In conclusion, there will probably be more drama in the baseball playoffs starting next week than there is in “Clubhouse,” but I’ll watch the second episode on Tuesday before deciding whether or not to take it out of my TiVo Season Pass list.

Original comments…

Dan: This was on in a bar I was in last night, but the sound was down and closed captioning off. Sounds like I missed just what I thought I missed.

What about Hustle? Anyone see that on ESPN? I keep meaning to set the TiVo, but wonder if its worth my time.

Jim: “Clubhouse” was being shown in a bar? Was it a lazy bar where they hadn’t changed the channel away from CBS after the football games, or was it a bar where a lot of Kirsten Storms fans hang out?

thatbob: Episodes later in the season might deal with Doc Brown’s comic attempts to rectify problems in time-space caused by bookies with access to his Delorean.

Dan: It more in a bar by default. No cable and the person who really cared (the football games were over) flipped around and left it on that because there was good reception.

Today’s baseball-related press release

CBS has a new drama coming this fall that’s baseball-related. Here’s their official description:

CLUBHOUSE (Tuesday, 9:00 PM) is a drama about a 16-year-old boy who becomes a man in a world of overgrown boys when he takes a job as a batboy for a professional baseball team. For the first time, Pete Young (Jeremy Sumpter) takes a risk – perhaps the only risk of his young life – when he applies for and lands his dream job as a batboy for the New York Empires. The problem is his single mom, Lynne (Mare Winningham), has no idea what he’s up to. Until now, he’s been the golden boy while his rebellious older sister, Betsy (Kirsten Storms), has always been in the doghouse. On the job, Pete becomes a part of a new family that includes Conrad Dean (Dean Cain), the team’s captain and star third baseman and one of the boy’s all-time idols who takes on the role of an older brother. Also, in the clubhouse is his boss, Lou Russo (Christopher Lloyd), a gruff but fair equipment manager who becomes a much-needed father figure; Rich (Marc Donato), a fellow batboy who just happens to be the general manager’s nephew; Carlos Tavares (John Ortiz), a rookie who believes that Pete is his good luck charm, and Jose Marquez (J.D. Pardo), the Empire’s territorial head batboy. Pete is over the moon at being a member of his favorite team, but he must still balance life at home and life in the big leagues as he faces the moral dilemmas and curve balls that life throws his way. Emmy Award-winners Aaron Spelling and E. Duke Vincent (“And The Band Played On,” “Day One”), Academy Award-winner Mel Gibson (“Braveheart”) and Bruce Davey (“The Passion of the Christ”), Daniel Cerone (“Charmed”) and Ken Topolsky (“Party of Five”) are the executive producers for Spelling Television.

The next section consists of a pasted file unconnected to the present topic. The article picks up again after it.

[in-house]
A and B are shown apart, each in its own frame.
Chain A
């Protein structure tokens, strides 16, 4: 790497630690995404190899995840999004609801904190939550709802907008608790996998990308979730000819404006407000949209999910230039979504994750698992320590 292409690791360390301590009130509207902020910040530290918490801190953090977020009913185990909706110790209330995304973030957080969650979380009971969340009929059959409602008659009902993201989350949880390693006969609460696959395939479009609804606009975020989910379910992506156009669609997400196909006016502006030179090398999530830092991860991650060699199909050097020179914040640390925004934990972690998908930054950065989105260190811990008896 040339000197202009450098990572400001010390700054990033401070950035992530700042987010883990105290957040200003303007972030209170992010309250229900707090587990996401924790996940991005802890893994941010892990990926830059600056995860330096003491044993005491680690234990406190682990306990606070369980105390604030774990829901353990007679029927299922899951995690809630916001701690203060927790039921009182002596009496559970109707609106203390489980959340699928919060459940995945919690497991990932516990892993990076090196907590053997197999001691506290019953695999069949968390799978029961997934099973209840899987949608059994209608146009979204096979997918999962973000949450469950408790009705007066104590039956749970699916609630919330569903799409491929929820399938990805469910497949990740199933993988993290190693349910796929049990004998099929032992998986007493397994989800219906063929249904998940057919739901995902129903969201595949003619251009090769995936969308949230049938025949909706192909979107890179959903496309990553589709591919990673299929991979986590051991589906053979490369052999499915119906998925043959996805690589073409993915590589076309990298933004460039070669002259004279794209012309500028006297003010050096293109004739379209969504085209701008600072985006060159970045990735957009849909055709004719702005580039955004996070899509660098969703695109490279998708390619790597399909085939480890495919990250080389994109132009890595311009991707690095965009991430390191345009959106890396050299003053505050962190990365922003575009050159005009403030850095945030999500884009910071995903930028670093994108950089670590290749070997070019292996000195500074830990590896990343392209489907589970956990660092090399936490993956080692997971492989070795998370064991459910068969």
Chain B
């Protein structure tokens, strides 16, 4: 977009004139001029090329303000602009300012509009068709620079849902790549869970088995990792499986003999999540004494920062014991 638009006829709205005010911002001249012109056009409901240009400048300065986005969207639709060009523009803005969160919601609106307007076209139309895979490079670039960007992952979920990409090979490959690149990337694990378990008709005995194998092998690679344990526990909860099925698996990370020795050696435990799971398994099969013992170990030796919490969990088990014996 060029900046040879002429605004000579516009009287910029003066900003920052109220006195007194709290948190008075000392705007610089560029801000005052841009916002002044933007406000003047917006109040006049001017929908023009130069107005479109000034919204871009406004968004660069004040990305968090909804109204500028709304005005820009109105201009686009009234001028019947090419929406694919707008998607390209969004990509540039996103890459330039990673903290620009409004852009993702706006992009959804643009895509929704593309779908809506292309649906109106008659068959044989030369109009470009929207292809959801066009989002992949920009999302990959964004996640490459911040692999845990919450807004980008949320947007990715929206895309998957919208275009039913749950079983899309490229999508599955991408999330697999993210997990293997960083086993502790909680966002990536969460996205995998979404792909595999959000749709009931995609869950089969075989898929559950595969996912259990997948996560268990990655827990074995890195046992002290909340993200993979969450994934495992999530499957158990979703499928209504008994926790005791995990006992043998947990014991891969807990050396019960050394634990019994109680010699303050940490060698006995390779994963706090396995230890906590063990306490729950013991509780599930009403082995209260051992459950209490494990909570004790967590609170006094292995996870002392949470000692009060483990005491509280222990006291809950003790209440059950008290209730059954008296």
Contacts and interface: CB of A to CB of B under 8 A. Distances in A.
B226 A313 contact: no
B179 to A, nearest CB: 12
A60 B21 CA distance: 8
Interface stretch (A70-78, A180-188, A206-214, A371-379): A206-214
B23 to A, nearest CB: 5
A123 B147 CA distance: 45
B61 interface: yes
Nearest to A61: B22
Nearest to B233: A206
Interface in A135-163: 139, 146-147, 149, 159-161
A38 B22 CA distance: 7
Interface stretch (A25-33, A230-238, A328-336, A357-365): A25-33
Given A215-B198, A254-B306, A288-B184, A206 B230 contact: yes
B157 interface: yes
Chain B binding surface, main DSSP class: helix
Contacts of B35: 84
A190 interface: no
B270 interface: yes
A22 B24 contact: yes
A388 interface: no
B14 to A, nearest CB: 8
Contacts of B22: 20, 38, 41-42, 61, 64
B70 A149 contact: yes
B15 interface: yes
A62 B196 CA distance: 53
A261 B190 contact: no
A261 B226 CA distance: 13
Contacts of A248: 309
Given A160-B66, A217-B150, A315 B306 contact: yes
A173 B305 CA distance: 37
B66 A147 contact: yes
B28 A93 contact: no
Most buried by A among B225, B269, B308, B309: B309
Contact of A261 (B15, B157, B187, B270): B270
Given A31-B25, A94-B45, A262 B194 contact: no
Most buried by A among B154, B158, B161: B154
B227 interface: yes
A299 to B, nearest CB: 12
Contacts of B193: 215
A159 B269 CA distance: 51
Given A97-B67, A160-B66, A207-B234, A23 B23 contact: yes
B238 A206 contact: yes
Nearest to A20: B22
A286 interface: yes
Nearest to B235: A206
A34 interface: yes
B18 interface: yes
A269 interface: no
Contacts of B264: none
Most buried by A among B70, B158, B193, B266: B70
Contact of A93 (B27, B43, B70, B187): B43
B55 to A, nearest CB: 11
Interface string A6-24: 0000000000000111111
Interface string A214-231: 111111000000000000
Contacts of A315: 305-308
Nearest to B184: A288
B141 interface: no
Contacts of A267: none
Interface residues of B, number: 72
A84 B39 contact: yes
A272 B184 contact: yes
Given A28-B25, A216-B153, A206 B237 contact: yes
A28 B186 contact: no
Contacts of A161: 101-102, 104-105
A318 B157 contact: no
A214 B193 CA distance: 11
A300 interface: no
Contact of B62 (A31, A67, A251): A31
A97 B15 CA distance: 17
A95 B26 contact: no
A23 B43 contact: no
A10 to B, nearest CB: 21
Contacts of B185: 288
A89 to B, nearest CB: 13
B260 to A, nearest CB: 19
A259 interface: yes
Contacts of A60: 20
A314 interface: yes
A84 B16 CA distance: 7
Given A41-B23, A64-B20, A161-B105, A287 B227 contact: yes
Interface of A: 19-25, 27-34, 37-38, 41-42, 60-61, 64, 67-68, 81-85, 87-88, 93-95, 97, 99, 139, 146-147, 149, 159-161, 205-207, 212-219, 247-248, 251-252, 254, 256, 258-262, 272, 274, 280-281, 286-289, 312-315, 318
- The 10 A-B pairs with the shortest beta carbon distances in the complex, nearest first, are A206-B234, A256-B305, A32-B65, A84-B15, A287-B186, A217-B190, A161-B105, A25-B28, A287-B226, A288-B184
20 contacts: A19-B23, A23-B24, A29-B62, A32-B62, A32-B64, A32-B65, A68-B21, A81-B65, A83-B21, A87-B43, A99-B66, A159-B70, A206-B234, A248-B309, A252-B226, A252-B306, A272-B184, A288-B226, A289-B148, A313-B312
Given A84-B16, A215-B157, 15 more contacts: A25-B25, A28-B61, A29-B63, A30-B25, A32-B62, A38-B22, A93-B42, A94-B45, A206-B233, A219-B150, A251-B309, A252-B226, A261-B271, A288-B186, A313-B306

Aaron Spelling! Mel Gibson! And it means I won’t have to look at Kirsten Storms on “Days of Our Lives” anymore! (Interesting that she’s the “rebellious older sister” on this show, since her character on “DOOL” is a goody two-shoes, younger than all of her half-siblings there.)

Original comments…

Levi: If only Boychick from San Pedro Beach Bums could be on the program. I wonder what he’s up to these days?

Jim: I seriously came very close to mentioning “San Pedro Beach Bums” in the original posting.

Looks like Boychick hasn’t done much with his career, to the extent that the only people he can get to submit information about him to the IMDB can’t spell “New Jersey” correctly.

But there is a connection: Stuf appeared in the “Zenon: Girl of the 21st Century” movies for the Disney Channel, which star Kirsten Storms as the title character, so maybe there’s hope for a guest-starring appearance for him on “Clubhouse.”

Jason: Anyone remember the short-lived Fox sitcom “Hardball”? At least, I think it was called Hardball. Anyway, it was a about a baseball team, the Pioneers, and all the wacky hijinks its players got into.

One of my favorite TV lines was said by Mike Starr, who later appeared as one of the mean toughs in ‘Dumb & Dumber’: “I love this guy! But not in the way you think. I want to have sex with him!”

It was so good, I used it in an episode of ‘Sucks to Yer Azmar’.

Eric J. Ritter: (*)(*)


Viveian: Kirsten Storms Rocks i canot wait to see her on CH!!~

Mike: Kristen Storen Storms is really HOT!!~

Jim: Is that you, Mike, my supervisor? Has closed-captioning “Days of Our Lives” finally driven you insane? We’ll talk when you get into the office.